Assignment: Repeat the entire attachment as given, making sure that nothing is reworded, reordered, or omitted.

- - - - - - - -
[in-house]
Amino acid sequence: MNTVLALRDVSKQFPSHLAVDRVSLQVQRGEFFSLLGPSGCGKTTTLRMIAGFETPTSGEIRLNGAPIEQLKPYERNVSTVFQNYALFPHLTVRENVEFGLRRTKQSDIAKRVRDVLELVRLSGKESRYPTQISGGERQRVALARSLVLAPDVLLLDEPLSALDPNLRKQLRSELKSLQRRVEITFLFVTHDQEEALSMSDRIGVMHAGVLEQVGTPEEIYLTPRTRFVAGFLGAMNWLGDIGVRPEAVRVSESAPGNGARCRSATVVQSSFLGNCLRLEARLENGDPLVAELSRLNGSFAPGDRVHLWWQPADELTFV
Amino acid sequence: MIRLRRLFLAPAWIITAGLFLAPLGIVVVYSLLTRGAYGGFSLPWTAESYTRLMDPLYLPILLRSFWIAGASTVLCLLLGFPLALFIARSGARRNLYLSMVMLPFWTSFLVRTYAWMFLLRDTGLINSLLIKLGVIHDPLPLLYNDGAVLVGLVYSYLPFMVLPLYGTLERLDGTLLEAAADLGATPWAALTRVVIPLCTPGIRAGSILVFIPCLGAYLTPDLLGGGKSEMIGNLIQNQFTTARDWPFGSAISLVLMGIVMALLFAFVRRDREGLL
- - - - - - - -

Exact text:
[in-house]
Amino acid sequence: MNTVLALRDVSKQFPSHLAVDRVSLQVQRGEFFSLLGPSGCGKTTTLRMIAGFETPTSGEIRLNGAPIEQLKPYERNVSTVFQNYALFPHLTVRENVEFGLRRTKQSDIAKRVRDVLELVRLSGKESRYPTQISGGERQRVALARSLVLAPDVLLLDEPLSALDPNLRKQLRSELKSLQRRVEITFLFVTHDQEEALSMSDRIGVMHAGVLEQVGTPEEIYLTPRTRFVAGFLGAMNWLGDIGVRPEAVRVSESAPGNGARCRSATVVQSSFLGNCLRLEARLENGDPLVAELSRLNGSFAPGDRVHLWWQPADELTFV
Amino acid sequence: MIRLRRLFLAPAWIITAGLFLAPLGIVVVYSLLTRGAYGGFSLPWTAESYTRLMDPLYLPILLRSFWIAGASTVLCLLLGFPLALFIARSGARRNLYLSMVMLPFWTSFLVRTYAWMFLLRDTGLINSLLIKLGVIHDPLPLLYNDGAVLVGLVYSYLPFMVLPLYGTLERLDGTLLEAAADLGATPWAALTRVVIPLCTPGIRAGSILVFIPCLGAYLTPDLLGGGKSEMIGNLIQNQFTTARDWPFGSAISLVLMGIVMALLFAFVRRDREGLL